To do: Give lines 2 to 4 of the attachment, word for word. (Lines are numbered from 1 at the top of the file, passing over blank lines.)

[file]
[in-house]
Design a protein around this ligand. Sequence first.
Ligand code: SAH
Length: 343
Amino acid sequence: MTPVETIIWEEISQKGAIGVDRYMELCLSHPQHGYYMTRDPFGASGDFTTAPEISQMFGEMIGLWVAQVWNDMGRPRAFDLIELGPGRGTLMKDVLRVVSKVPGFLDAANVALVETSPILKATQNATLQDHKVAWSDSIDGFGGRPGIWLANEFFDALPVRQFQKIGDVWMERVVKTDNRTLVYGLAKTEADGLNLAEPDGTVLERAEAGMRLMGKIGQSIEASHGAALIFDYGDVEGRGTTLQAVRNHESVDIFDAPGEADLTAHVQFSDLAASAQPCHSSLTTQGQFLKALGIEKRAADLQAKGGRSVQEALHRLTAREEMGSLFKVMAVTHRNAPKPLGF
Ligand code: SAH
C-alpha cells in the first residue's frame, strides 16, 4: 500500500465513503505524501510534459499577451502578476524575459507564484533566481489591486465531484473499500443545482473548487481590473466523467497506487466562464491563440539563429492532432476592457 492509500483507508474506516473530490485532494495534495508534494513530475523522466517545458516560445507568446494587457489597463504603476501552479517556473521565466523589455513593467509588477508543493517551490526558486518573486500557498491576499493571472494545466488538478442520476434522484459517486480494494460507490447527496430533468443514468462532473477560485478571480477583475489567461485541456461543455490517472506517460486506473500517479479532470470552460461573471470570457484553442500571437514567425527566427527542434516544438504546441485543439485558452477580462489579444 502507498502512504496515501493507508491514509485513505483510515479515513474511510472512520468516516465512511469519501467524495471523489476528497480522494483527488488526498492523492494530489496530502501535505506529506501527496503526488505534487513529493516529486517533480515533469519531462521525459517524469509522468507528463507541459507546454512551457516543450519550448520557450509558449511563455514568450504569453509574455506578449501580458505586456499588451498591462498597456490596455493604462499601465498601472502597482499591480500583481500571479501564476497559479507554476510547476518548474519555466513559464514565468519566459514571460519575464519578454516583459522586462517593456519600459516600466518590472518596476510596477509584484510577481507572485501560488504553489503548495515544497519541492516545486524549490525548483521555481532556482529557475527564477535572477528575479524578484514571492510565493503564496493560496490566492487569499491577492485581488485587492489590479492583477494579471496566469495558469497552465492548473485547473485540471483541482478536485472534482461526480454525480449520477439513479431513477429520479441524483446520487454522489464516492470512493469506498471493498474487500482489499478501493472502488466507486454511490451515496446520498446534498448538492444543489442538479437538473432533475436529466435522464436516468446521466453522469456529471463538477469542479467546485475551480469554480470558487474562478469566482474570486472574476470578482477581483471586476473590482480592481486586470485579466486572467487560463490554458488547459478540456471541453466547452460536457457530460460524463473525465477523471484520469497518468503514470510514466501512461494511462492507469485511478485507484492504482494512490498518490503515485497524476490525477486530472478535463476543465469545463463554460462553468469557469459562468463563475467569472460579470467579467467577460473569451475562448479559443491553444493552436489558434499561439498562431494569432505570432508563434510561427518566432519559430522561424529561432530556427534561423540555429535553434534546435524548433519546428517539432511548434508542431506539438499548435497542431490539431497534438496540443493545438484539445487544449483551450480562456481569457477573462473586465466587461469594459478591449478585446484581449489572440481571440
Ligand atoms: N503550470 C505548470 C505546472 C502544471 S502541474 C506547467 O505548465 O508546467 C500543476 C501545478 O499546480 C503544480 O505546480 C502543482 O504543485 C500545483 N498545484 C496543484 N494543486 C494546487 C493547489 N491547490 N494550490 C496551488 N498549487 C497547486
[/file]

Design a protein around this ligand. Sequence first.
Ligand code: SAH
Length: 343